In Rivers State, six people and one soldier were killed when troops patrolling the area on election day were ambushed, an army spokesman said.
In the country’s largest city, Lagos, violence broke out at several polling stations. Thugs threw bottles, injuring several people.
By 11:30 a.m., a quarter of polling stations across the country still had not opened, according to YIAGA Africa, a pro-democracy nonprofit group that sent 3,000 monitors into polling stations.
In Yobe State, YIAGA Africa said, observers weren’t allowed to perform their official duties, and in Rivers State election materials were snatched at several polling stations.
In the northeast, aid workers reported busloads of displaced people had arrived at countryside encampments, saying they had been rounded up by government officials who paid them the equivalent of $6 to return home and vote for specific candidates.
In Lagos, high-tech card readers plagued one polling station. One failed to recognize both the card and the thumbprint of Ebele Helen Odigie, who looked despondent as she was turned away. Workers tried 22 times without success to get a reader to recognize the voting card of Ayokunle Fashola, but she was allowed to vote anyway.
At the Living Water polling unit in Kubwa, just outside Abuja, voting proceeded but a security officer seized phones of anyone who snapped a photo while in line. That included Chibuzor Bonaventure who was taking a selfie. At age 27, he is among 51 percent of the country’s 84 million registered voters between the ages of 18 and 35.
Just down the road at a school compound in Kubwa, voting began on time, card readers worked and people calmly queued in orderly lines, casting ballots inside cardboard voting booths.
That wasn’t the case on Gana Street in Abuja, a neighborhood of walled villas, international banks and embassies where grumbling voters swirled about, confused over when voting would actually start, two hours after the station officially opened.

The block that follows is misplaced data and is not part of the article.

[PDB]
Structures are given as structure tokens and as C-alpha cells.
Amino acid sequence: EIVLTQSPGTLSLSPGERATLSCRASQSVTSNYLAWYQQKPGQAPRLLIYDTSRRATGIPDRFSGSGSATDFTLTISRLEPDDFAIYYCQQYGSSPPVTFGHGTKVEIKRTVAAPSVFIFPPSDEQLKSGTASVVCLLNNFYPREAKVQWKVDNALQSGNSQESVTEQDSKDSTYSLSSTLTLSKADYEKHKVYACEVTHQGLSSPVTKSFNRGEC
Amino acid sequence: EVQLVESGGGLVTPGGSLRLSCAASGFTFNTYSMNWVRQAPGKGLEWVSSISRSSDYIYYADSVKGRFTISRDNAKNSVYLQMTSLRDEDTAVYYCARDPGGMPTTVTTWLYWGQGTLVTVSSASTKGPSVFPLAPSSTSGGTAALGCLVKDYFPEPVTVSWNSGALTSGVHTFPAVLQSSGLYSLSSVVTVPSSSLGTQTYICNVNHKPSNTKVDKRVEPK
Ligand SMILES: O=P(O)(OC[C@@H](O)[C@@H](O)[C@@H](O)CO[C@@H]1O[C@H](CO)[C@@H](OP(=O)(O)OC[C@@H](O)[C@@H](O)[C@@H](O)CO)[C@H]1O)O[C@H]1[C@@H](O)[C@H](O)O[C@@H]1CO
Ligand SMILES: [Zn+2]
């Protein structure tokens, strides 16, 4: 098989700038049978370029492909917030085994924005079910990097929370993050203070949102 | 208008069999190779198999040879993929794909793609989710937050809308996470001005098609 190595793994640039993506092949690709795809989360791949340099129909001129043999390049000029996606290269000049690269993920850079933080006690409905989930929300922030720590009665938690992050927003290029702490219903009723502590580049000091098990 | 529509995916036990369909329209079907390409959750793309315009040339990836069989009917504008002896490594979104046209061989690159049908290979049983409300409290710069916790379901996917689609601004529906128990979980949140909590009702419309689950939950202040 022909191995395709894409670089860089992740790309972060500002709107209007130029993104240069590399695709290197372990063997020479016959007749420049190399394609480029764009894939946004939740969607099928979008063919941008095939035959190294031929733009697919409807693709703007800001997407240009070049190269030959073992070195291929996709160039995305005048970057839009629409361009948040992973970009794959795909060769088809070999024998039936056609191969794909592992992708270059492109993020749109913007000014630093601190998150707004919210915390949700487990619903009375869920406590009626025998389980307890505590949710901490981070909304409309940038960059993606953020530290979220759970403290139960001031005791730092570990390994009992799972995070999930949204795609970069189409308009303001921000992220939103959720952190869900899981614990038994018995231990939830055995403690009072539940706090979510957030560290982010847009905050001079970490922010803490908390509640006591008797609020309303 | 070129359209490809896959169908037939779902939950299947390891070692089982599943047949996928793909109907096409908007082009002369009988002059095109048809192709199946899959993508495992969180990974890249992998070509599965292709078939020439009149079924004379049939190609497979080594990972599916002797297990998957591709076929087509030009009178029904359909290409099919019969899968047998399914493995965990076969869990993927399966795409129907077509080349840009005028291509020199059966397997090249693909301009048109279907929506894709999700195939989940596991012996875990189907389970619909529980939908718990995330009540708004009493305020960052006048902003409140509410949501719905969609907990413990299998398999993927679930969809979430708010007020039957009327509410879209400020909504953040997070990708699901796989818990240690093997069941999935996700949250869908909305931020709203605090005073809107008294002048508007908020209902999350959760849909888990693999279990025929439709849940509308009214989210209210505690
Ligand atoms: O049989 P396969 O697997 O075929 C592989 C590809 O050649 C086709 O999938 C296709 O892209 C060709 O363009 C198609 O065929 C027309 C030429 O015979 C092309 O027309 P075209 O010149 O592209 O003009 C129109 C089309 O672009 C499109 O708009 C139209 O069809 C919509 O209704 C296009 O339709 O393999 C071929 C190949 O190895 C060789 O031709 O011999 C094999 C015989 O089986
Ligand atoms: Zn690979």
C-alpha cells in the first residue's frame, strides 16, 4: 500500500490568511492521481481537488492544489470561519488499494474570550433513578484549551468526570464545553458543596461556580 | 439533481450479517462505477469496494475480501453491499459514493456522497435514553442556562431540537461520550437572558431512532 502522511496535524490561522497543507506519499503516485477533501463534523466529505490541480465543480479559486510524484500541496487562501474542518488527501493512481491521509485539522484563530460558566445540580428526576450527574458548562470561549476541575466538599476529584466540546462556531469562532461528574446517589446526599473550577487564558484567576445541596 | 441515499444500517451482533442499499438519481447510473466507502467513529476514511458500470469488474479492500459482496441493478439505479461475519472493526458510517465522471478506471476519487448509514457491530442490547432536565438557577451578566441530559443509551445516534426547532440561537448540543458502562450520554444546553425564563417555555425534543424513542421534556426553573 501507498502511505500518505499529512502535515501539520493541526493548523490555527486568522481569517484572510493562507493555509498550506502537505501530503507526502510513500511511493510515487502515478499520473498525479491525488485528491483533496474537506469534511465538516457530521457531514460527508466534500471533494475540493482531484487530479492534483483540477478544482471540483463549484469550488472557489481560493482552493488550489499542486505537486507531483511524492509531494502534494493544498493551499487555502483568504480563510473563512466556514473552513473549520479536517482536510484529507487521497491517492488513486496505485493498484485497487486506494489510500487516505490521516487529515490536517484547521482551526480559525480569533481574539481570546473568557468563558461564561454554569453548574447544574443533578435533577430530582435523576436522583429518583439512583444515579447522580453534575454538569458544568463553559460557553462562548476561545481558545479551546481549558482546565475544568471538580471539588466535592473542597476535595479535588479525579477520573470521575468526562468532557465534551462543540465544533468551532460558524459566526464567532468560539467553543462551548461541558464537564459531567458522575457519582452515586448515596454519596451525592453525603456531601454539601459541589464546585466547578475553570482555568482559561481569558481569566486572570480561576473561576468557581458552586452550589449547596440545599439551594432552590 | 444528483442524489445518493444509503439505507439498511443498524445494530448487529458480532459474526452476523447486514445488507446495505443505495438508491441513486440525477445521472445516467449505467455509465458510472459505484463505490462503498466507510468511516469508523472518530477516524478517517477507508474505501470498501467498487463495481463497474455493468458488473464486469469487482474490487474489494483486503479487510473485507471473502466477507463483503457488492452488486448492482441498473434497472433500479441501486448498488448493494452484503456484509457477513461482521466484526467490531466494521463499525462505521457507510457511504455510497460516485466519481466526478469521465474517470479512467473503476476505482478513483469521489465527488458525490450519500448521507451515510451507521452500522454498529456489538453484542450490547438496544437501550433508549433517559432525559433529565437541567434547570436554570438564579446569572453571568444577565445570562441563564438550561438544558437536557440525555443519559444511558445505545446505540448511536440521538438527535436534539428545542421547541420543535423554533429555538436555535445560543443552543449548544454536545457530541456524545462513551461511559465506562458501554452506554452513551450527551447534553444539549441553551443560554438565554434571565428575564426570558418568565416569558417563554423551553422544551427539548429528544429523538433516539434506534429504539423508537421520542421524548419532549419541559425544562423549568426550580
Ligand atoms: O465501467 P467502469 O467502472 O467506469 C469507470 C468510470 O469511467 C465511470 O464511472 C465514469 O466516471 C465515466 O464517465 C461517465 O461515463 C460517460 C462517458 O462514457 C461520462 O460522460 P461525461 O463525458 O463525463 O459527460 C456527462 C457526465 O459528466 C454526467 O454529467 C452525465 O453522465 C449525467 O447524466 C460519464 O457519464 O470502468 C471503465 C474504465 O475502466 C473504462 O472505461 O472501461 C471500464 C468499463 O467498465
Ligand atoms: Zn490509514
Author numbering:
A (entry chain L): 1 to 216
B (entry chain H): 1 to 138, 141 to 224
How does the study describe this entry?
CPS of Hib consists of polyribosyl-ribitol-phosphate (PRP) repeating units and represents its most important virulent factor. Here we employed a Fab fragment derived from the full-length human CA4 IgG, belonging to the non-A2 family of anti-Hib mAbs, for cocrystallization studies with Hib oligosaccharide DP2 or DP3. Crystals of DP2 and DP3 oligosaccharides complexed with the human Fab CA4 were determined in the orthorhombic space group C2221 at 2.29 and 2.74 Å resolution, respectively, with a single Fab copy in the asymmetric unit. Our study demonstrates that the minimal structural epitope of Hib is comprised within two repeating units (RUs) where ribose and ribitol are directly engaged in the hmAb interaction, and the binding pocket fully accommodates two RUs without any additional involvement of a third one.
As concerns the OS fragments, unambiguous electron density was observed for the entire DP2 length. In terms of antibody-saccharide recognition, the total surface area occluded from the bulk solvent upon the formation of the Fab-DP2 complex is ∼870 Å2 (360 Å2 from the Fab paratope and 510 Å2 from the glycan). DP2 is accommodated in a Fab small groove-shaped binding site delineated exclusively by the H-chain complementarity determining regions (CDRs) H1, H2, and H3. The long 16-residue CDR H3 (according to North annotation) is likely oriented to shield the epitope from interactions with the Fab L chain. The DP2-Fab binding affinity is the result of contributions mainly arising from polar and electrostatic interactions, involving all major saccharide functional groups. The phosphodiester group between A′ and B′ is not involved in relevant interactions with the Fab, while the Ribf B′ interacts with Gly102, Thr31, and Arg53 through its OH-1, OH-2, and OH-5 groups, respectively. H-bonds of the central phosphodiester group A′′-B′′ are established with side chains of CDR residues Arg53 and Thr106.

Election officials weren’t much help. They herded more than 400 people together to write their names and voter numbers on slips of paper, then told them to check their names against a list taped to a wall across the street. Shouts erupted.
“What is wrong in this country!” one man yelled.
Finally, voters were organized alphabetically into queues. Several line jumpers prompted more shouting. Things seemed to settle down, then women voters decided they didn’t want to queue with men. New lines formed. New shouting broke out.
Younger voters made way for Ms. Michael, a 71-year-old food seller, who moved to the front of the line.
“The election has opened,” a worker loudly announced at 9:26 a.m. “Voting has started.”
A hush fell over the crowd. Ms. Michael ducked under a string holding back voters from the registration table.
“No! Not yet!” a worker barked at her.
Eventually, Ms. Michael was allowed to cast her vote, for Mr. Buhari. By the end of voting more than 500 people had cast ballots at the Gana Street station, which had nearly emptied out even before it officially closed.
A dozen men remained, clustered under the shade of a wide, yellow flowering tree and hovering over a single smartphone. Each said he hadn’t asked the others whom they supported. The subject was too heated. Instead, they were checking friends’ Facebook accounts to see how voting was going elsewhere.
“We want to vote and return home safely,” said Olajide Taiwo, a land surveyor. “We believe in Nigeria.”